When Will We Change Our Reaction to Bullying?

| November 18, 2011 | Comments (1)

I watched the memorial services for 10-year-old  Ashlynn Conner on the mid-day news.  I stared at the screen for the few seconds the story ran and thought, “She could be one of my girls.”

According to news reports Ashlynn killed herself after the teasing and bullying from her classmates became unbearable.  When you see her photo, it’s hard to believe anyone could bully her.  She’s looks like the all-American girl.  She was a lovely girl who made the honor roll and was involved in different activities.  Her death has received coverage from local Chicago media to the United Kingdom’s Daily Mail.

I don’t know Ashlynn’s family, but I still grieve for them.  As the mother of eight-year-old twin girls, I see how mean children are to each other.  Our school spends a lot of time discussing bullying with the kids, yet it still goes on and on and on.  It’s not the over-the-top type of bullying you see on television dramas where a group of kids gang up on one child and beat-up the victim.  The type of bullying I witness — and apparently the type Ashlynn endured — is more subtle.  They call each other names and push each other on the playground when no one is looking.  They pull hair or pinch another student when walking through the halls.

One of our girls spent first grade dealing with hurtful words from other children simply because she is tall.  Actually, she’s really tall when compared to the rest of her first grade class.  She was at least a head taller than every other student, except her twin sister.  Why was she the target?  She’s about an inch taller than her twin.

She was called an elephant, giraffe, dinasaur, giant and whale.  While adults might think this is innocent, these words were quite hurtful to a first grader.  The other students waited until the teacher wasn’t listening or in the room to say things like, “I don’t want to sit near the giant.” or “Who is going to get stuck with the giraffe on their team?”  As soon as she told me, I contacted the teacher who put a stop to it.  It’s hard to continue to make fun of a student for being tall when your teacher is 6 feet tall.  She also spent a lot of time talking to our daughter about how wonderful it was to be tall.  I will be forever grateful for her response.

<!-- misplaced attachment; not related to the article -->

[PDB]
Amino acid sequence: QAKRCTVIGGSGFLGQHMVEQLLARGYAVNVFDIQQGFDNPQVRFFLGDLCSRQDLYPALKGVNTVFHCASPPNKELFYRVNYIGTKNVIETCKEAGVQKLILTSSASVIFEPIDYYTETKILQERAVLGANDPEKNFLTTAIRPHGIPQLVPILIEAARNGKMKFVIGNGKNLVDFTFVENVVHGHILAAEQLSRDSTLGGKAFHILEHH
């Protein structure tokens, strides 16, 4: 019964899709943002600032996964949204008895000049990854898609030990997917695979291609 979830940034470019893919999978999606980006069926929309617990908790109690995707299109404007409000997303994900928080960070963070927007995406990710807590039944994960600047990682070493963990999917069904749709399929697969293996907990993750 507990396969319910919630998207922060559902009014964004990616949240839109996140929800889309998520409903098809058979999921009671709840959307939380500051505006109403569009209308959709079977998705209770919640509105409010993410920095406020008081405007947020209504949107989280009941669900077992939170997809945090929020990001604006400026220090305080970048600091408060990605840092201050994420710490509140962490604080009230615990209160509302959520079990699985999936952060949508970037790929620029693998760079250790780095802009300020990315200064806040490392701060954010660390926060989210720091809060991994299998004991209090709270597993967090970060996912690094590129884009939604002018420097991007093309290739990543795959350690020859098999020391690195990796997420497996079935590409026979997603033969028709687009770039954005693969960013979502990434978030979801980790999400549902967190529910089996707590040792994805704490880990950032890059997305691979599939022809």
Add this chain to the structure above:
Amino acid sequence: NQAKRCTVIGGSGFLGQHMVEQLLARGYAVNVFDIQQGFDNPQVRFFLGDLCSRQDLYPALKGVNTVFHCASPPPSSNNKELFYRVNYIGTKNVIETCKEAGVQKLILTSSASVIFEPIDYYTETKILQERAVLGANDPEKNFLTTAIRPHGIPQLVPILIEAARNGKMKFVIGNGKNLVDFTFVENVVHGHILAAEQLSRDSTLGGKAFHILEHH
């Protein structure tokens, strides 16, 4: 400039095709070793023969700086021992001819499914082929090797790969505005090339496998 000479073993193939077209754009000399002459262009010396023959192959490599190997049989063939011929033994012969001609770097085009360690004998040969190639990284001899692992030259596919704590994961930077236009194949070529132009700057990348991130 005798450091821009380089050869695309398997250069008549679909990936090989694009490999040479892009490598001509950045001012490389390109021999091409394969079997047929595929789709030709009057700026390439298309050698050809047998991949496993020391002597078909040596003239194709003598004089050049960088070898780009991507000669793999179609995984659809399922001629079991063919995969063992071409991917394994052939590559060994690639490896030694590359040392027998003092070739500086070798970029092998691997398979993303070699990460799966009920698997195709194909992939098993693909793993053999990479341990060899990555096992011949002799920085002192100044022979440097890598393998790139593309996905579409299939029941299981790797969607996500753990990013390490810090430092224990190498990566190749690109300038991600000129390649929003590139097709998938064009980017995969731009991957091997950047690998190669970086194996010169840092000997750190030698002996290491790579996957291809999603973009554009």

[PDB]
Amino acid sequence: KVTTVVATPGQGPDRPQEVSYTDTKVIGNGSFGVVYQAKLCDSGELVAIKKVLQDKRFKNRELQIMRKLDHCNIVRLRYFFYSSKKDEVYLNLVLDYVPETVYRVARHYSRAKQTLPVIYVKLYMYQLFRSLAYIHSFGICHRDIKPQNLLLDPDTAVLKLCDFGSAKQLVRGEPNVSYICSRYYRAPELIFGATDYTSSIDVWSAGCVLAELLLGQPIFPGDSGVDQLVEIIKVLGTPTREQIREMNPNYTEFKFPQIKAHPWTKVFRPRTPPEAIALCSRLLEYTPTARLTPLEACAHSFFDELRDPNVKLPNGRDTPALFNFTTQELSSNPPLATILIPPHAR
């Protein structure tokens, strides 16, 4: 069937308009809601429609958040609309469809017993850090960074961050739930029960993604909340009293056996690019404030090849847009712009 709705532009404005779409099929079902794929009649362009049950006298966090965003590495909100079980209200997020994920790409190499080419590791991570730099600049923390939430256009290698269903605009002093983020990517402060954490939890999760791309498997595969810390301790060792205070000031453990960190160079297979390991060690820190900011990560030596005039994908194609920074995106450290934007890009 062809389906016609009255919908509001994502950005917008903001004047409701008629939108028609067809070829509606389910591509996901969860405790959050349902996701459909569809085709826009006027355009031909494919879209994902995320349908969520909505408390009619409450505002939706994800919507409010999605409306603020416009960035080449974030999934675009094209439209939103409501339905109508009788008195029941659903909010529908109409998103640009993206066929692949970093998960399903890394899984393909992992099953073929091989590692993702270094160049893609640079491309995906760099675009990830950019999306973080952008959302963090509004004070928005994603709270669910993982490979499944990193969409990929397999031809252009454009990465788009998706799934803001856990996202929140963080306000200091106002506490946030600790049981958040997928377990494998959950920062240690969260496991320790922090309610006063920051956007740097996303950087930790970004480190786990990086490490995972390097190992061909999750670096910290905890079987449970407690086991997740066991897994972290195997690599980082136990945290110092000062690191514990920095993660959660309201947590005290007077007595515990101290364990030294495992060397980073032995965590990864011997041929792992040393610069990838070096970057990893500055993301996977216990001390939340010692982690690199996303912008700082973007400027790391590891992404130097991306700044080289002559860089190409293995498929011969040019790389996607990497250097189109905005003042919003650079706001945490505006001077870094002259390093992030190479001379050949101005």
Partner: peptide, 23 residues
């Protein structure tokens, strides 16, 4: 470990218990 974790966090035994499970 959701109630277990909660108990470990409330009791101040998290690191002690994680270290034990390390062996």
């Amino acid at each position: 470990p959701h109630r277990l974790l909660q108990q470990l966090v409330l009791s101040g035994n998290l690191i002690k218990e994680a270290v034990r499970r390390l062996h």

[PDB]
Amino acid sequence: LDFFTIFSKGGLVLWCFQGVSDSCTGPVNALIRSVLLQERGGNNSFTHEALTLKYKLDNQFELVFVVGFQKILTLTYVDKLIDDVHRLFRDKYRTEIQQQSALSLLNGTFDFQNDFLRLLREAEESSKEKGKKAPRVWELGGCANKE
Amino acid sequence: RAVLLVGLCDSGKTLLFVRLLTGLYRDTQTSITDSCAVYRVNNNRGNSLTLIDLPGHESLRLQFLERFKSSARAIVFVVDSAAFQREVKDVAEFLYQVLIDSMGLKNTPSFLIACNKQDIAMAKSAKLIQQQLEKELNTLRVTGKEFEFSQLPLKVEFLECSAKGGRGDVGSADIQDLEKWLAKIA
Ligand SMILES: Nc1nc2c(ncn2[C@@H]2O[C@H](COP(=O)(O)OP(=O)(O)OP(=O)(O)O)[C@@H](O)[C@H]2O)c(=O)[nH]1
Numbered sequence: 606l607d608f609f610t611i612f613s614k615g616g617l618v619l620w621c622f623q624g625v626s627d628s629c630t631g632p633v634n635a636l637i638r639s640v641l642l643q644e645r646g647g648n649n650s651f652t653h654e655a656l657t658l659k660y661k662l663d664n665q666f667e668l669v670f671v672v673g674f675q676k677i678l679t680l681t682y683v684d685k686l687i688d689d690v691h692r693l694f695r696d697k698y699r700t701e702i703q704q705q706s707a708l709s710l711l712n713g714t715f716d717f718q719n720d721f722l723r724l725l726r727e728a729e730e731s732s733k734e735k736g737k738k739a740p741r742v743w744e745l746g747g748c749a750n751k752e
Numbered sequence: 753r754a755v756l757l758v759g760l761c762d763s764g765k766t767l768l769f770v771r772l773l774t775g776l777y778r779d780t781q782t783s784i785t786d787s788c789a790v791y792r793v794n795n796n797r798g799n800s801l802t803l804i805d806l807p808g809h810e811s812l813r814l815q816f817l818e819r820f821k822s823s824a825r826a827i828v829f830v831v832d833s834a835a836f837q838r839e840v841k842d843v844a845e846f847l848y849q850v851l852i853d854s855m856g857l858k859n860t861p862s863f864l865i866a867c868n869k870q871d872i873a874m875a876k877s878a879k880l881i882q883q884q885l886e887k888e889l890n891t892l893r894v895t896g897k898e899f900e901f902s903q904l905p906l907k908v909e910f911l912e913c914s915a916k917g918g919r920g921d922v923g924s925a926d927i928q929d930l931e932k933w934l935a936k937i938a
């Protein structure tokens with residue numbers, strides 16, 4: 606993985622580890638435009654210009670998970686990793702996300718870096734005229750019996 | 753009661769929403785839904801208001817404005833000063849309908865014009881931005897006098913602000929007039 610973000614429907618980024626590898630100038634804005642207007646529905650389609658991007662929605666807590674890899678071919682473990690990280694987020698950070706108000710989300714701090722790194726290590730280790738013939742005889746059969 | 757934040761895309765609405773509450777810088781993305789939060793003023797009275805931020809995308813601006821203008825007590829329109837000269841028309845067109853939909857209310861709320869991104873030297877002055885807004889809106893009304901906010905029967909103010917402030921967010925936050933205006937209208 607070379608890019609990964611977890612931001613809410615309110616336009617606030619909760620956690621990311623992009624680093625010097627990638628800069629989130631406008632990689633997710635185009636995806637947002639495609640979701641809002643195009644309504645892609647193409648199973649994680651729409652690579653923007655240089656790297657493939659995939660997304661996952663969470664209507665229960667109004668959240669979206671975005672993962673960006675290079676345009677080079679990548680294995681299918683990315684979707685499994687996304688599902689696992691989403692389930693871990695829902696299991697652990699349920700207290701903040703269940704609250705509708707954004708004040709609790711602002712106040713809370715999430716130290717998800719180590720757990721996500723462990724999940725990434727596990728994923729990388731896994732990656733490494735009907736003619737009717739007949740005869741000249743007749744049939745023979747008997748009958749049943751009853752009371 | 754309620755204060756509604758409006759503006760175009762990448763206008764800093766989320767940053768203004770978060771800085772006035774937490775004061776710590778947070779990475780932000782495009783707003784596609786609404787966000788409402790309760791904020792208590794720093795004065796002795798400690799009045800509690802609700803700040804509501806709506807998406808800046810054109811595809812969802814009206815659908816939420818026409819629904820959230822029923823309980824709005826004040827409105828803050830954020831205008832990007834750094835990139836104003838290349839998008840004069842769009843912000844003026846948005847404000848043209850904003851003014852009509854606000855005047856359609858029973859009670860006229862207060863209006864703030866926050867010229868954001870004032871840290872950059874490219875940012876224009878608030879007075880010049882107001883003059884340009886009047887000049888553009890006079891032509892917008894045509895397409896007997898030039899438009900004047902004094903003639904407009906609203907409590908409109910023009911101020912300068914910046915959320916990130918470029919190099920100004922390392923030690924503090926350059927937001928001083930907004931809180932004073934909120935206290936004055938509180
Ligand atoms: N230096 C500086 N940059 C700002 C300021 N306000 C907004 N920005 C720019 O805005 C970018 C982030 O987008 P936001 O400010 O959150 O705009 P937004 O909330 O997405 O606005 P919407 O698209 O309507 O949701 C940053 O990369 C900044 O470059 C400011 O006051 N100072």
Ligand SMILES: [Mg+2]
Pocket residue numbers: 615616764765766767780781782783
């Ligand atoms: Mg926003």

I only wish all teachers and adults would take bullying this seriously.  Yes, there’s a lot of lip service, but if we’ve learned anything from Ashlynn’s death, it should be that there is still work to be done.

Shari writes about life with twins at Two Times the Fun.  Image courtesy of Stock Exchange.

Tags: , , , , , ,

Category: girls, Illinois, New Posts, Parenting, School

About Shari: Shari is a mom, wife, marketing communications professional, gardener, Chicago Blackhawks fan, college sports fan, traveler, quilter, community volunteer, sister, daughter, aunt, friend, Siberian Husky owner, Girl Scout troop leader and book lover. You can find Shari blogging about life with twins at Two Times the Fun and tweeting @slcs48n1. View author profile.

Comments (1)

Trackback URL | Comments RSS Feed

  1. Unfortunately in classes of 25-35 kids it is impossible for teachers to see it all. My son endured some serious bullying from someone he called his best friend and everyone swore they never saw a thing wrong until we realized what was happening and had photos to prove the physical part.

Leave a Reply




If you want a picture to show with your comment, go get a Gravatar.